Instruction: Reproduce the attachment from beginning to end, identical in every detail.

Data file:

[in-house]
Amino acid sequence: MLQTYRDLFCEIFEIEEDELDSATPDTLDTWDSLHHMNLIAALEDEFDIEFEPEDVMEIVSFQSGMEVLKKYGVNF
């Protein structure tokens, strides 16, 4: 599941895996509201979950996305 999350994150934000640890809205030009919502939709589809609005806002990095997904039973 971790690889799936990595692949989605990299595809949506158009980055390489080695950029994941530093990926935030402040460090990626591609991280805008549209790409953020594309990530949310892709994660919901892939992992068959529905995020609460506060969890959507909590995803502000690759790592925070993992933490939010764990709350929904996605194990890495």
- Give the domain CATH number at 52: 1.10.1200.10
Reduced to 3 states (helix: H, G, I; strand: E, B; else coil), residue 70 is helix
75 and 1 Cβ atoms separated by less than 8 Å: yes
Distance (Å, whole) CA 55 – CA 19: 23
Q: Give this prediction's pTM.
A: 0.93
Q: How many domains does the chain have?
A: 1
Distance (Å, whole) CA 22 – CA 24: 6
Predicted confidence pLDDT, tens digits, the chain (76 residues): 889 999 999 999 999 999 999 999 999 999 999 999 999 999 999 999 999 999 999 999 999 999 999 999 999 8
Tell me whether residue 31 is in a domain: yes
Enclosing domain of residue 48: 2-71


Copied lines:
[in-house]
Amino acid sequence: MLQTYRDLFCEIFEIEEDELDSATPDTLDTWDSLHHMNLIAALEDEFDIEFEPEDVMEIVSFQSGMEVLKKYGVNF
């Protein structure tokens, strides 16, 4: 599941895996509201979950996305 999350994150934000640890809205030009919502939709589809609005806002990095997904039973 971790690889799936990595692949989605990299595809949506158009980055390489080695950029994941530093990926935030402040460090990626591609991280805008549209790409953020594309990530949310892709994660919901892939992992068959529905995020609460506060969890959507909590995803502000690759790592925070993992933490939010764990709350929904996605194990890495």
- Give the domain CATH number at 52: 1.10.1200.10
Reduced to 3 states (helix: H, G, I; strand: E, B; else coil), residue 70 is helix
75 and 1 Cβ atoms separated by less than 8 Å: yes
Distance (Å, whole) CA 55 – CA 19: 23
Q: Give this prediction's pTM.
A: 0.93
Q: How many domains does the chain have?
A: 1
Distance (Å, whole) CA 22 – CA 24: 6
Predicted confidence pLDDT, tens digits, the chain (76 residues): 889 999 999 999 999 999 999 999 999 999 999 999 999 999 999 999 999 999 999 999 999 999 999 999 999 8
Tell me whether residue 31 is in a domain: yes
Enclosing domain of residue 48: 2-71